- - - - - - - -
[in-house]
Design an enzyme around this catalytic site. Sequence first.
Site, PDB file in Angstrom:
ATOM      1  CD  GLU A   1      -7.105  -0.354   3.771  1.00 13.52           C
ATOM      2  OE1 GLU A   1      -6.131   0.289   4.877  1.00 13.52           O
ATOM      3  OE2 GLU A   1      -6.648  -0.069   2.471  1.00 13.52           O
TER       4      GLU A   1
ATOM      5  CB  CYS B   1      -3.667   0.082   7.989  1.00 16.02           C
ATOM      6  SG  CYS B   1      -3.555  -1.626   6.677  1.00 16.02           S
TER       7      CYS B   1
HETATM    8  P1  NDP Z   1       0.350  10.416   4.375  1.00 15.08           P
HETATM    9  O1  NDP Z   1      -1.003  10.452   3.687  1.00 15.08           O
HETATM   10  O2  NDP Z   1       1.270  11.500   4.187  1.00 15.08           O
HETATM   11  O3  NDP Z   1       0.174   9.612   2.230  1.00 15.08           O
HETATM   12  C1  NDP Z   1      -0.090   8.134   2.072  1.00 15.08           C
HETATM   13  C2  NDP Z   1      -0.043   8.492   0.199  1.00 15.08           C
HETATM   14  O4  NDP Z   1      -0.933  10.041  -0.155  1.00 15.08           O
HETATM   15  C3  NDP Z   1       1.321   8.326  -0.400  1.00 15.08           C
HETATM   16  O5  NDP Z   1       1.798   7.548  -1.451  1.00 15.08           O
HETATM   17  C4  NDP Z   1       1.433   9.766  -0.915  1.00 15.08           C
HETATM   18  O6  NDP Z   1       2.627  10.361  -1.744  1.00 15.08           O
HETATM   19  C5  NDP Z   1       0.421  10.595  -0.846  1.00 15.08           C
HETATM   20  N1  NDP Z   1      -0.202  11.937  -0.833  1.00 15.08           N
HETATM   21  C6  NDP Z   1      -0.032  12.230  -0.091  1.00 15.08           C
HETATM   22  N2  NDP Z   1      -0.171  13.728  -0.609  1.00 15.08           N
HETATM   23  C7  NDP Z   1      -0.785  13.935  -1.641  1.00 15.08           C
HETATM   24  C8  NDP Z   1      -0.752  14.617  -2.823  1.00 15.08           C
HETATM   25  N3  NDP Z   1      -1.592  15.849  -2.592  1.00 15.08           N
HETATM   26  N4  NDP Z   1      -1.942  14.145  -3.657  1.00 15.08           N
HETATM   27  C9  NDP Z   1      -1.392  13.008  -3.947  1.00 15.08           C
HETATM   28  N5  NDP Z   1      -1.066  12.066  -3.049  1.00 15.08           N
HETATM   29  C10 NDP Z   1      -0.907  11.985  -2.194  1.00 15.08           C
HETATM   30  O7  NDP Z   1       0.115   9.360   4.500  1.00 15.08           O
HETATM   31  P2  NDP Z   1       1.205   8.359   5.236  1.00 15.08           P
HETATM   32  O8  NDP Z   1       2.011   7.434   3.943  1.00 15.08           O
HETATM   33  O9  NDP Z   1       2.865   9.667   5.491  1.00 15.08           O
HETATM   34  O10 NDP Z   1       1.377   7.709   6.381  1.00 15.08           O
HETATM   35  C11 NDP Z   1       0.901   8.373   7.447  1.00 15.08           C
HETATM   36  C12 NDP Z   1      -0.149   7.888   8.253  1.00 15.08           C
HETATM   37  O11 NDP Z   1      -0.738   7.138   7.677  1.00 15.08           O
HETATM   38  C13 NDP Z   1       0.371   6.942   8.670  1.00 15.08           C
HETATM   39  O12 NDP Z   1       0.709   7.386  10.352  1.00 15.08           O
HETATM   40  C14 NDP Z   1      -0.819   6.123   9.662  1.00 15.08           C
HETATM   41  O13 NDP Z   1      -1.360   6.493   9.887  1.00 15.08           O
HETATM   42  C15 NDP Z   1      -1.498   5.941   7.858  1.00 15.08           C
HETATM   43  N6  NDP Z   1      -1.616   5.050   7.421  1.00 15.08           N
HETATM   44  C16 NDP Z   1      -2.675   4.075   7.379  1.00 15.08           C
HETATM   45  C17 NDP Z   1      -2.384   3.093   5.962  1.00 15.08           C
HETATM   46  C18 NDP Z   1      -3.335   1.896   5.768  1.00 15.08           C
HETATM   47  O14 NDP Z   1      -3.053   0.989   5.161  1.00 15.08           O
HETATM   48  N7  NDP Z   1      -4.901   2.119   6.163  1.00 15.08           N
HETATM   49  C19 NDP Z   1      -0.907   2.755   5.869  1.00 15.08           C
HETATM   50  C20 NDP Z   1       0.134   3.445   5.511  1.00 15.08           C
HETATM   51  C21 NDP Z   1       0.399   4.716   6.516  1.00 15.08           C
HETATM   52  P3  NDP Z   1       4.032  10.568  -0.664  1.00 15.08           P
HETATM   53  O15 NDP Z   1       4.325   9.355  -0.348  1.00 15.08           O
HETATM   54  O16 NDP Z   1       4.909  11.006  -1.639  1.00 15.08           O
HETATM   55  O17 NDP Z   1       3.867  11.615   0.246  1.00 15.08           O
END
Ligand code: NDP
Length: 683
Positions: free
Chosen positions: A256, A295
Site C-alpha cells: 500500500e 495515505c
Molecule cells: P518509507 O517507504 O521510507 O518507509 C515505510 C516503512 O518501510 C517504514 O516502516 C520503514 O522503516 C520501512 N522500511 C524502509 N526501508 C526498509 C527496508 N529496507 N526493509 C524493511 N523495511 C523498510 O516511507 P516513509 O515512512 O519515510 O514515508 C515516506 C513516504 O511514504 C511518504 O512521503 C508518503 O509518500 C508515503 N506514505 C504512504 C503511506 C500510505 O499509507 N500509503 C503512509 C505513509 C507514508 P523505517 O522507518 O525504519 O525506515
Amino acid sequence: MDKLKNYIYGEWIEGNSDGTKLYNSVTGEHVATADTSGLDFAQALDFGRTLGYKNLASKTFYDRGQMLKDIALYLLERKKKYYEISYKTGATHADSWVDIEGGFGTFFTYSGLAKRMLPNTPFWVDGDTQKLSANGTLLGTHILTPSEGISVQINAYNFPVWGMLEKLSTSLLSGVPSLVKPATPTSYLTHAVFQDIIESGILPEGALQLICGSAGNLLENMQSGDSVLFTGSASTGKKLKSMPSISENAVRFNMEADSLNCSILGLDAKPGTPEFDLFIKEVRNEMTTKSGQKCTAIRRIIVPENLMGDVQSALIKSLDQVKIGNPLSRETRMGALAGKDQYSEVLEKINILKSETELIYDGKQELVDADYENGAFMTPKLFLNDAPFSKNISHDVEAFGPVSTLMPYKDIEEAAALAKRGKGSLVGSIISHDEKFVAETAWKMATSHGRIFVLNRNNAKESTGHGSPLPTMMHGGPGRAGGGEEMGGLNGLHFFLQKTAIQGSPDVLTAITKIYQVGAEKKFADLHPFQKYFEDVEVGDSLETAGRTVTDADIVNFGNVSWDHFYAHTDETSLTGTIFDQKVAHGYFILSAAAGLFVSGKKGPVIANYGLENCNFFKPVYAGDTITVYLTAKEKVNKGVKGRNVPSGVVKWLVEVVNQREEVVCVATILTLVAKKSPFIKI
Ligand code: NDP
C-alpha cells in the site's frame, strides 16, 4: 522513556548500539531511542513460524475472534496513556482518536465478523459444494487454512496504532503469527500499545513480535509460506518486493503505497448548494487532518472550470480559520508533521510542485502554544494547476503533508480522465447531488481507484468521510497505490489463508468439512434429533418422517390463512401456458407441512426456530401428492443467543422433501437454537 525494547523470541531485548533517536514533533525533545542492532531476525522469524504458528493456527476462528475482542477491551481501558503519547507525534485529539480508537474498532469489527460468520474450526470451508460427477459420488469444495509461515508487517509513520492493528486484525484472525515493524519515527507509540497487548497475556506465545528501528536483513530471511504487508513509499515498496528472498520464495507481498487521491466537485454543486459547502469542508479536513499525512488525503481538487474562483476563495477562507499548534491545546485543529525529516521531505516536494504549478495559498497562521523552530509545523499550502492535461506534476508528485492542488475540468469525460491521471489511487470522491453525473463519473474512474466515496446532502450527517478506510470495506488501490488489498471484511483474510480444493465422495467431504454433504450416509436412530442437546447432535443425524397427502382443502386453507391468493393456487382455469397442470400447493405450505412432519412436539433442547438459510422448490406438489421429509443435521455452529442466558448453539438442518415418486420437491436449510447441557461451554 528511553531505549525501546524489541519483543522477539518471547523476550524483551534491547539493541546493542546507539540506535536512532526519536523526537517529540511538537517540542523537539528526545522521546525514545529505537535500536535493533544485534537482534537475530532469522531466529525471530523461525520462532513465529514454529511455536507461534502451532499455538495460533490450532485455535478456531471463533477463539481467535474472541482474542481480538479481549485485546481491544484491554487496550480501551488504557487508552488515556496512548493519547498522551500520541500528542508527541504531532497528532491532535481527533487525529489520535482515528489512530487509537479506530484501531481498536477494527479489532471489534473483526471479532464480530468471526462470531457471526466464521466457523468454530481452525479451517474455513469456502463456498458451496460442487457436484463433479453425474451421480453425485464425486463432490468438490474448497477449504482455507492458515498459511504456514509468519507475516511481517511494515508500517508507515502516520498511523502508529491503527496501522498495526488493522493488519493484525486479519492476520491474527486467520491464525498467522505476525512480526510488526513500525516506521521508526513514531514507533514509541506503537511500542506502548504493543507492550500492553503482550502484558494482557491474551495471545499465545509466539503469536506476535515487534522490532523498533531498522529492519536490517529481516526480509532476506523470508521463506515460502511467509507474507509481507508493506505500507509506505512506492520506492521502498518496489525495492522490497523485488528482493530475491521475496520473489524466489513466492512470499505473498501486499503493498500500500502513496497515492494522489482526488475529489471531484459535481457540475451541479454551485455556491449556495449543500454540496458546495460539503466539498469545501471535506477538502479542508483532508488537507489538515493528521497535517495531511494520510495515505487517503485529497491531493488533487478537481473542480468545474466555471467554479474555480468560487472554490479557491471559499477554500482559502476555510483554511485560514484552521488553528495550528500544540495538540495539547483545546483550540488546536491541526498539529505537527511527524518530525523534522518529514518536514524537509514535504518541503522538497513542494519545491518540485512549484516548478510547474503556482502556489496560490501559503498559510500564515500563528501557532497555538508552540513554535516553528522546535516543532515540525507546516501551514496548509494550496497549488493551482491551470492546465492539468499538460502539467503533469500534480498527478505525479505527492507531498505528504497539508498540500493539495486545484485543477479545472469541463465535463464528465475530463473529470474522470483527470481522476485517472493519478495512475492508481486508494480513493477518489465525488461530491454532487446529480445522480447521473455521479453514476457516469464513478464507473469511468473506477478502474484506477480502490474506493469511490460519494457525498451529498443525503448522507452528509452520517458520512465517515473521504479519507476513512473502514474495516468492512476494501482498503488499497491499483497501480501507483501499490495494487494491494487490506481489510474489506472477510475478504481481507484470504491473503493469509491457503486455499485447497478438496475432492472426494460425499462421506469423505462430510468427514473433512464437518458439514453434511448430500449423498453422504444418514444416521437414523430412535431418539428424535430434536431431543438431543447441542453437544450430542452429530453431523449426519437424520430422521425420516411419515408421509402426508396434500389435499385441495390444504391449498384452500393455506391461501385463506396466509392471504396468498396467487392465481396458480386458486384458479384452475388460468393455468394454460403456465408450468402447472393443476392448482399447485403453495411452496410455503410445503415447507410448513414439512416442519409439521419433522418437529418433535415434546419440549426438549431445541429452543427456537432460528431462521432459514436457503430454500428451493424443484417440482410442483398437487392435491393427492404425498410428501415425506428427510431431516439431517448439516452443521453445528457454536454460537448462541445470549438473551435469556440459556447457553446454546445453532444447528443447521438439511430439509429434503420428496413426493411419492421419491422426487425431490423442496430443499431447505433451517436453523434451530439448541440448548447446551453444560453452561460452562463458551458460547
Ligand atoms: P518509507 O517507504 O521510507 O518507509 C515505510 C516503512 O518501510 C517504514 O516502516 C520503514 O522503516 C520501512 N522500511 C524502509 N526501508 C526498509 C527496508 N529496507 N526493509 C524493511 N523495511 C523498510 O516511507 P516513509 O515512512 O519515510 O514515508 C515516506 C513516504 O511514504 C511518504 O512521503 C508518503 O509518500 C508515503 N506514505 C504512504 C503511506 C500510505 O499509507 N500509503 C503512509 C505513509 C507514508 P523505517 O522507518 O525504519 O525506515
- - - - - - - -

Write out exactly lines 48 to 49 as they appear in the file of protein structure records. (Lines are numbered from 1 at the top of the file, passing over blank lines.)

HETATM   45  C17 NDP Z   1      -2.384   3.093   5.962  1.00 15.08           C
HETATM   46  C18 NDP Z   1      -3.335   1.896   5.768  1.00 15.08           C